Field Note: “Fight Card” -- Elk at Jasper National Park in Alberta, Canada
Published: May 22, 2021
By Mark Seth Lender
"The clinch" happens when elk antlers jamb. (Photo: (c) Mark Seth Lender)
Elk are big, potentially dangerous creatures, yet they usually give numerous warnings before they charge. Living on Earth's Explorer in Residence Mark Seth Lender explains.
Elk are sexist. The males dominate. That is the way they are constructed. Female elk have little independence. That said, to my certain knowledge elk have never stoned their women to death or burned them at the stake, or called them Infidels nor subjected them to Inquisition.
Elk do have a reputation for being dangerous to humans and under certain circumstances that can be true. However, they have a litany of warnings including eye contact, bugling (a wonderful sound by the way), antler raking, standing tall and walking in your direction. All this before a full-on charge. Even then that charge is apt to be a bluff, ending in an antler-toss close enough to make the point but well short of contact. I watched the bull of this story run through his entire repertoire for the benefit of a group of tourists who came too close, warning them off eleven times before making just such a bluff charge and antler toss. And if you push your luck to the point that he connects? Don’t blame the elk.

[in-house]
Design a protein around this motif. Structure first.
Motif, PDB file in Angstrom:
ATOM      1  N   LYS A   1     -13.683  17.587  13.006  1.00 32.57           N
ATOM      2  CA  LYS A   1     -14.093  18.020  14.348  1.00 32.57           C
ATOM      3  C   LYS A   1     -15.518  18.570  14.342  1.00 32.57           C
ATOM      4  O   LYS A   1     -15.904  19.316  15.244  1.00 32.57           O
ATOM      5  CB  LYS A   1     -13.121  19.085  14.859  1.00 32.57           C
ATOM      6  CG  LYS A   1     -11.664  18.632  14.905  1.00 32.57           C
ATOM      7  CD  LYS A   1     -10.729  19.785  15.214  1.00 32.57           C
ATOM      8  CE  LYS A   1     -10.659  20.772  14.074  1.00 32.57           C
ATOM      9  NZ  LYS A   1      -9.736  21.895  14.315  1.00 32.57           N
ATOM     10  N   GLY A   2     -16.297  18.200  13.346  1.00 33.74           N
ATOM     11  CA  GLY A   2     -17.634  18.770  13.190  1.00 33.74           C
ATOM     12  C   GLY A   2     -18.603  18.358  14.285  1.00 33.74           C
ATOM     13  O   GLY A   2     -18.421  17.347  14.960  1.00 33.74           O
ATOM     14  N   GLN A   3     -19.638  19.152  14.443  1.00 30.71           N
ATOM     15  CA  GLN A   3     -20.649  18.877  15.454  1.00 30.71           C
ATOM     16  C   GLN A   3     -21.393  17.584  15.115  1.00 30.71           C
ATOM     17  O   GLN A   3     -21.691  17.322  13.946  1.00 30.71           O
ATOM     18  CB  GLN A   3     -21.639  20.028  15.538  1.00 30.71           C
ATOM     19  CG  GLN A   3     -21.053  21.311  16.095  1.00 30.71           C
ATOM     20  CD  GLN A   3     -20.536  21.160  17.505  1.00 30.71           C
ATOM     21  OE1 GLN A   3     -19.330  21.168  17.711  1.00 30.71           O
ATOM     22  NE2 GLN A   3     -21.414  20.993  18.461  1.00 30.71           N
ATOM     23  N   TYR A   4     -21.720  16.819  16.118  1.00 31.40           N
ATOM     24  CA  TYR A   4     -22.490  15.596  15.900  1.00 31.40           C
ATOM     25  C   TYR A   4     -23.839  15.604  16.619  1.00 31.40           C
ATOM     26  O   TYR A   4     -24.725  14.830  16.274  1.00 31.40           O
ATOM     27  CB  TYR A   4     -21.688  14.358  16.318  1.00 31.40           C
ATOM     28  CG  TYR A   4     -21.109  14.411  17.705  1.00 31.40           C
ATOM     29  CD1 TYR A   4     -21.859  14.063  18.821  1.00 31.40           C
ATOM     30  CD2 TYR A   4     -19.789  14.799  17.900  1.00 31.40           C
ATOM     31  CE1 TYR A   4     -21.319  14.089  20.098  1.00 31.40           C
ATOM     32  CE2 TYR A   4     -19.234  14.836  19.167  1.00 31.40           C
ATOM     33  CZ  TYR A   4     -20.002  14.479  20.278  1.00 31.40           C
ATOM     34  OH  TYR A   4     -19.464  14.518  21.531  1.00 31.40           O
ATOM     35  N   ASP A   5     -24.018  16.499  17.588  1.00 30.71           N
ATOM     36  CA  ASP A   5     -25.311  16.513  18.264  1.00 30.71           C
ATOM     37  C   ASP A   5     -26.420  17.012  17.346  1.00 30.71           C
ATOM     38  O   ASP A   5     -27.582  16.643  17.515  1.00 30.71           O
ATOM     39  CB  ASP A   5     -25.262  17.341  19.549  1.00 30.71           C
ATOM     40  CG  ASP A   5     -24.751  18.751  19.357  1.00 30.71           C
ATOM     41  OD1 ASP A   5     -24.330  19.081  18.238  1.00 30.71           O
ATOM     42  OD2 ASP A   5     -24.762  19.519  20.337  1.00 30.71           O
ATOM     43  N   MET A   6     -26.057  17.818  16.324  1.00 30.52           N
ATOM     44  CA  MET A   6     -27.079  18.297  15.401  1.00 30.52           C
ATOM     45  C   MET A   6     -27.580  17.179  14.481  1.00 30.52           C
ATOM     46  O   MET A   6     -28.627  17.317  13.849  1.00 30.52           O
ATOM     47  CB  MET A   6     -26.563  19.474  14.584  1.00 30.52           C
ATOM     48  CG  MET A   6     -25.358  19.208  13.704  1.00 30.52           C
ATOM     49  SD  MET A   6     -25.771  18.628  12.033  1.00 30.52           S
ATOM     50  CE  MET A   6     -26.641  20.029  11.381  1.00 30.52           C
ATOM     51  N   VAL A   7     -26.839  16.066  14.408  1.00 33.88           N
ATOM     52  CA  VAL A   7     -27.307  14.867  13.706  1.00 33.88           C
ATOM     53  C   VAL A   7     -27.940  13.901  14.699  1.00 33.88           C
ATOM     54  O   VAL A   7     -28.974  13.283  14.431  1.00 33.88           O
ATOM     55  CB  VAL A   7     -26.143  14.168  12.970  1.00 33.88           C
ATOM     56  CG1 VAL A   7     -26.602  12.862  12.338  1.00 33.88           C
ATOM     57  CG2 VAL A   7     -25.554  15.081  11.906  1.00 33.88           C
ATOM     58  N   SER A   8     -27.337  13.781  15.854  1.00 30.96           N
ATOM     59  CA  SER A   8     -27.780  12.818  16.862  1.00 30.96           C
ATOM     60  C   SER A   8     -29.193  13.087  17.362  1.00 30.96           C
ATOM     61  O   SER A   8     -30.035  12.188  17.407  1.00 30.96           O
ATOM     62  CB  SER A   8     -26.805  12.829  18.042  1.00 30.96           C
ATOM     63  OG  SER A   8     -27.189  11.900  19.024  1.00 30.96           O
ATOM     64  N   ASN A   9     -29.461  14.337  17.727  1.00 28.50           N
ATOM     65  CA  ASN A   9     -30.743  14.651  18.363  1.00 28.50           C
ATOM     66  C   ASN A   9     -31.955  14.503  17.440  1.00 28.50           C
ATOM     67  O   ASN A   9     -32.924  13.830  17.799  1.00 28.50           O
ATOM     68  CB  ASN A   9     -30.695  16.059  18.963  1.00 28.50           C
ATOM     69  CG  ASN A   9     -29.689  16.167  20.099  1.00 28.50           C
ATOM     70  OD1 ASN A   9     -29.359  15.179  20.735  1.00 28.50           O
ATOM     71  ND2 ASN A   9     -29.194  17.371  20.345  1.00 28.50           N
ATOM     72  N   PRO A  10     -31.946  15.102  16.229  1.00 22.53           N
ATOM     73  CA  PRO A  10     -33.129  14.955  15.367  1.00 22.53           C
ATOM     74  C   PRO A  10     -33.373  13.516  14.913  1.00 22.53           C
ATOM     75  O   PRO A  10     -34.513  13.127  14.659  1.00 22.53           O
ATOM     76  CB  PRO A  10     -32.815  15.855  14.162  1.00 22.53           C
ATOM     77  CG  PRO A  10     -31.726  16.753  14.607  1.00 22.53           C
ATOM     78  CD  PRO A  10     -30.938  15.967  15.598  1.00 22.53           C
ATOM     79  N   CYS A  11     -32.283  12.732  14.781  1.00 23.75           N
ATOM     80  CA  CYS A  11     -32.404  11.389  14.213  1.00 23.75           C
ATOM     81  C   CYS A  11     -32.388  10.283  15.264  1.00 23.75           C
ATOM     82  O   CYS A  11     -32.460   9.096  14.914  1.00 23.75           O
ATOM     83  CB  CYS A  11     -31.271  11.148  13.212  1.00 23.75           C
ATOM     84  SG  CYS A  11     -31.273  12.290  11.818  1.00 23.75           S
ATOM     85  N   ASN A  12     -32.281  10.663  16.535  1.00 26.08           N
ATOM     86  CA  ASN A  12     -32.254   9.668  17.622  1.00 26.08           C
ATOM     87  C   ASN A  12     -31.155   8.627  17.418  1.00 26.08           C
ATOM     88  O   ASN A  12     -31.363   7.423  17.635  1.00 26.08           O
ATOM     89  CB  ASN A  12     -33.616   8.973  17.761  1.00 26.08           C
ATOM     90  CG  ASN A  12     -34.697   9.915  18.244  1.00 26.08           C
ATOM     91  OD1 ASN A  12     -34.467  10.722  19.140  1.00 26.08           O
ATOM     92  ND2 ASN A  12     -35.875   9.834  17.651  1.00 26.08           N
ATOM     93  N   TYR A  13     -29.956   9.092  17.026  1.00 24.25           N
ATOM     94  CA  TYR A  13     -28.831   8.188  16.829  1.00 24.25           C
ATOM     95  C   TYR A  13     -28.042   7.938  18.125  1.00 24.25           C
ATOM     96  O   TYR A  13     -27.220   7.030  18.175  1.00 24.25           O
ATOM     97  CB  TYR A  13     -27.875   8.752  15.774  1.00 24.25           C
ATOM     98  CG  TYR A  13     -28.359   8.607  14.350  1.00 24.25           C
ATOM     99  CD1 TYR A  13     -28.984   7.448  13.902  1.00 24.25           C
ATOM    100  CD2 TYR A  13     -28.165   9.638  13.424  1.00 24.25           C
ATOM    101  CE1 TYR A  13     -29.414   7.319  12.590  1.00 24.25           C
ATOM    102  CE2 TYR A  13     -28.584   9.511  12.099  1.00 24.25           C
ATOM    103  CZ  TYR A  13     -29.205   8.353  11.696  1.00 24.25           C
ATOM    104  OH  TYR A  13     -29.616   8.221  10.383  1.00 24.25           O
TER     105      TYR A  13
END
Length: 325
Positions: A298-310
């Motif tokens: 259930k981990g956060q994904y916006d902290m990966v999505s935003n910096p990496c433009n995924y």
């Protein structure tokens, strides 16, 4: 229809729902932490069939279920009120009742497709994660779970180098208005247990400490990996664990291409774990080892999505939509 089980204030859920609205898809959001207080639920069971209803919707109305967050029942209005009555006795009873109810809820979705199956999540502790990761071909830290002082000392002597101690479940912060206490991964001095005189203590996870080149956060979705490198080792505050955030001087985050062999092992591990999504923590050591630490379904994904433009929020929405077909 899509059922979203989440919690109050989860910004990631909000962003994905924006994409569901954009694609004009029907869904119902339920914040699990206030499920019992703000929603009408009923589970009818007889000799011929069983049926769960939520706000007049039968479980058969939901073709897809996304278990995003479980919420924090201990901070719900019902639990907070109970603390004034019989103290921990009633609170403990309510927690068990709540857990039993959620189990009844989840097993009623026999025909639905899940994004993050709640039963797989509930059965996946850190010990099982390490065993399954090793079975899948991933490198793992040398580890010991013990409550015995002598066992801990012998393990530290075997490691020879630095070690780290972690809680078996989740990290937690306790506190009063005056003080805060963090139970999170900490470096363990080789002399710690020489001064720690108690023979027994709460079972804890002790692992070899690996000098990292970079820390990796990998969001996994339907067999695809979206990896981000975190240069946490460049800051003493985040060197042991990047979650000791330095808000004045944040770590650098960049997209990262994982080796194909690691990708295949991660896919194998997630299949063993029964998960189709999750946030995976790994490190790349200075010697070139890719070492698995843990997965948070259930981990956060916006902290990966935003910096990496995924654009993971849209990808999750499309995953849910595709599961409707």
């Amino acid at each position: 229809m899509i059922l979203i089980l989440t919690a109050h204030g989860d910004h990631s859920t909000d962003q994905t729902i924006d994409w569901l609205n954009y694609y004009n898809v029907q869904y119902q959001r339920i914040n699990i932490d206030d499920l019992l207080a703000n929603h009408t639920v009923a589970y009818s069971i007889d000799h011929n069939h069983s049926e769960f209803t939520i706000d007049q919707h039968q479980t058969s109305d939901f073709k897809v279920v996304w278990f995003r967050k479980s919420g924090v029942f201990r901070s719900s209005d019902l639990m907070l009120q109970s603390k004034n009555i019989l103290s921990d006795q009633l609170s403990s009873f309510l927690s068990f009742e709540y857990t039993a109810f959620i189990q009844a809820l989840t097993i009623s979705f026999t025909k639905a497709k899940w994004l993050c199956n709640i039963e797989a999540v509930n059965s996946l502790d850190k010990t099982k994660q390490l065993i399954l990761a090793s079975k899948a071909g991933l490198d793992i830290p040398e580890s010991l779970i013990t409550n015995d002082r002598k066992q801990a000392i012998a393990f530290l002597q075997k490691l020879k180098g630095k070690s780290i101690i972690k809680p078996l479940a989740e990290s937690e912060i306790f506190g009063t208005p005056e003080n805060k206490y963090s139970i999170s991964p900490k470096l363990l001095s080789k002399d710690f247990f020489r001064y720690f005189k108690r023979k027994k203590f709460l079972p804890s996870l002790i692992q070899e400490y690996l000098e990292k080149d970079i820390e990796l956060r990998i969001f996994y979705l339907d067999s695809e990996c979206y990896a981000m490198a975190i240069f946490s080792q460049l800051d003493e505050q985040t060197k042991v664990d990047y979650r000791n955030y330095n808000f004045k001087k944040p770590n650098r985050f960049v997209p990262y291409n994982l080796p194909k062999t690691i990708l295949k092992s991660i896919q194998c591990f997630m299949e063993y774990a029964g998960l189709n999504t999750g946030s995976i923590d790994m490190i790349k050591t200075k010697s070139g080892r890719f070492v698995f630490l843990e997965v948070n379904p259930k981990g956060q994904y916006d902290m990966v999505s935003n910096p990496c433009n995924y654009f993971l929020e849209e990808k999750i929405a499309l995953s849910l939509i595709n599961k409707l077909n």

Likewise in combat with each other elk are designed not to harm. Sparring partners (gloves on) is the perfect metaphor. Elk antlers interdigitate which avoids as much as possible the loss of eyes, the cracking of skulls, the penetration of vital organs. In most circumstances neither combatant will be injured. Unless the antlers jamb (the accidental, unbreakable clinch of which I speak). I wonder if we will occupy the planet long enough to learn that trick from them.
(Author’s Note: The phrase “Flame of Pure Fire” comes from Ring Lardner Jr.’s description of Jack Dempsey in the ring.)
Back to Mark Seth Lender Field Notes
Hear Mark's corresponding "Fight Card" essay
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